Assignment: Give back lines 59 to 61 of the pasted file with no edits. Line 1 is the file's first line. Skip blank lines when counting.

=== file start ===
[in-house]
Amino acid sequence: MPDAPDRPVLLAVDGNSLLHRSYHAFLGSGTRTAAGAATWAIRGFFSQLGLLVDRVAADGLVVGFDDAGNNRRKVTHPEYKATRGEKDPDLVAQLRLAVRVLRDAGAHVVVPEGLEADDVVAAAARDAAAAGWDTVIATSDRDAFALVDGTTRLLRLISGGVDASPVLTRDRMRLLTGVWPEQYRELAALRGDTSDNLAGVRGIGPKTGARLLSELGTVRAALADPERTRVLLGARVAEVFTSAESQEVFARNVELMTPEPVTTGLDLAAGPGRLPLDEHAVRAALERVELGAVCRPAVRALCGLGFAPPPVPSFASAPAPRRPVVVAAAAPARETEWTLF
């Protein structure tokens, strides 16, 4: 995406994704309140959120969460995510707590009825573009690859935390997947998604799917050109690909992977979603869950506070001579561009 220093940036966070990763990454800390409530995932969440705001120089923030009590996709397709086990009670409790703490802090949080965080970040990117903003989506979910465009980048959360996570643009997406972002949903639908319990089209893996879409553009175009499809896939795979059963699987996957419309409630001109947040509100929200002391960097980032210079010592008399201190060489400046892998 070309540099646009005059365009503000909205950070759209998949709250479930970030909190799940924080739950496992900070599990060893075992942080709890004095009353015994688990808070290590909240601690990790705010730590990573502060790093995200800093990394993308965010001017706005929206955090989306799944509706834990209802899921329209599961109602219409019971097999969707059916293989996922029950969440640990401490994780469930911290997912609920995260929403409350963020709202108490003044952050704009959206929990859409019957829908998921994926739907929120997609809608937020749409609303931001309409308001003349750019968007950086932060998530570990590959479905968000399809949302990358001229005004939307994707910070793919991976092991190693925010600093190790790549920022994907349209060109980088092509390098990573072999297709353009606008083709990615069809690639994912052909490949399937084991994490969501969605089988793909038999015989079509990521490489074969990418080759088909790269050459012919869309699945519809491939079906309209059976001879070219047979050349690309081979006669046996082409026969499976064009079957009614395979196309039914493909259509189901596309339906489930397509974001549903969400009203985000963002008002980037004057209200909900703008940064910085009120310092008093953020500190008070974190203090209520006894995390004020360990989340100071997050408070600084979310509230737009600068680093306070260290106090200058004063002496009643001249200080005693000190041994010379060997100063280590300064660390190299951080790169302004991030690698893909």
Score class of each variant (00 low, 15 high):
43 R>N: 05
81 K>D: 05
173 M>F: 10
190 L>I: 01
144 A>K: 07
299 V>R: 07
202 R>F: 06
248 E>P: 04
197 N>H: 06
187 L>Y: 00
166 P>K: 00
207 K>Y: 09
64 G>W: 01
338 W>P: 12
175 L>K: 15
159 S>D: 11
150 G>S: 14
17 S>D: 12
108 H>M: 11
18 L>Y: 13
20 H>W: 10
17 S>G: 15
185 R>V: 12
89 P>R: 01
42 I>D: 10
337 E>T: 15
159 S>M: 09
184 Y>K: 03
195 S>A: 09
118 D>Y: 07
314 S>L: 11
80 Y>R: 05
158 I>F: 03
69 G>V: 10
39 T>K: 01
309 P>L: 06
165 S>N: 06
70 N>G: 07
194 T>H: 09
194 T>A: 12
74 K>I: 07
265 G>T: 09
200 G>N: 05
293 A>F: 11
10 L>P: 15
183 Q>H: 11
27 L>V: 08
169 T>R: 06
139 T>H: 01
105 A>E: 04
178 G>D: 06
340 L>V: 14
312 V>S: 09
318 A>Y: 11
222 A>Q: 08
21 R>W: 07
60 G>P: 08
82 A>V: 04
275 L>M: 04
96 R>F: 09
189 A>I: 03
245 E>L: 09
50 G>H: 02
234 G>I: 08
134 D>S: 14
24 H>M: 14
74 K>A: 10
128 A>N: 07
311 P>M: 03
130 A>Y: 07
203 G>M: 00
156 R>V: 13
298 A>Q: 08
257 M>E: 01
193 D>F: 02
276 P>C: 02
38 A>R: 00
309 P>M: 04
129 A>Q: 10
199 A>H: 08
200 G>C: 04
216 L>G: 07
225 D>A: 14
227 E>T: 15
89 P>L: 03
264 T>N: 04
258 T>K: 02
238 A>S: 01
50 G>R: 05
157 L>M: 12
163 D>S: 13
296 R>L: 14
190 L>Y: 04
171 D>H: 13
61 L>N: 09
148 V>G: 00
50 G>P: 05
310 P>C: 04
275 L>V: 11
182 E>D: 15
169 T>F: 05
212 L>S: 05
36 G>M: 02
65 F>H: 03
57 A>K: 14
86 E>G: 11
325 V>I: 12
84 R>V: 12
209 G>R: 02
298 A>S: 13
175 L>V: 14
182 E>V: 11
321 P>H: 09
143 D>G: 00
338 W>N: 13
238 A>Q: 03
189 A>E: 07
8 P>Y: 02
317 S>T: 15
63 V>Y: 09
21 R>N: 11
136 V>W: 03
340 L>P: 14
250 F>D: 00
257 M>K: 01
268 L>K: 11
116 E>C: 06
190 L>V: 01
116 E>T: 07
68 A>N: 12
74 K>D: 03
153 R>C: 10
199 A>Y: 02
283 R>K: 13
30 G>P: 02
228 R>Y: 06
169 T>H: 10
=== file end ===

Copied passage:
222 A>Q: 08
21 R>W: 07
60 G>P: 08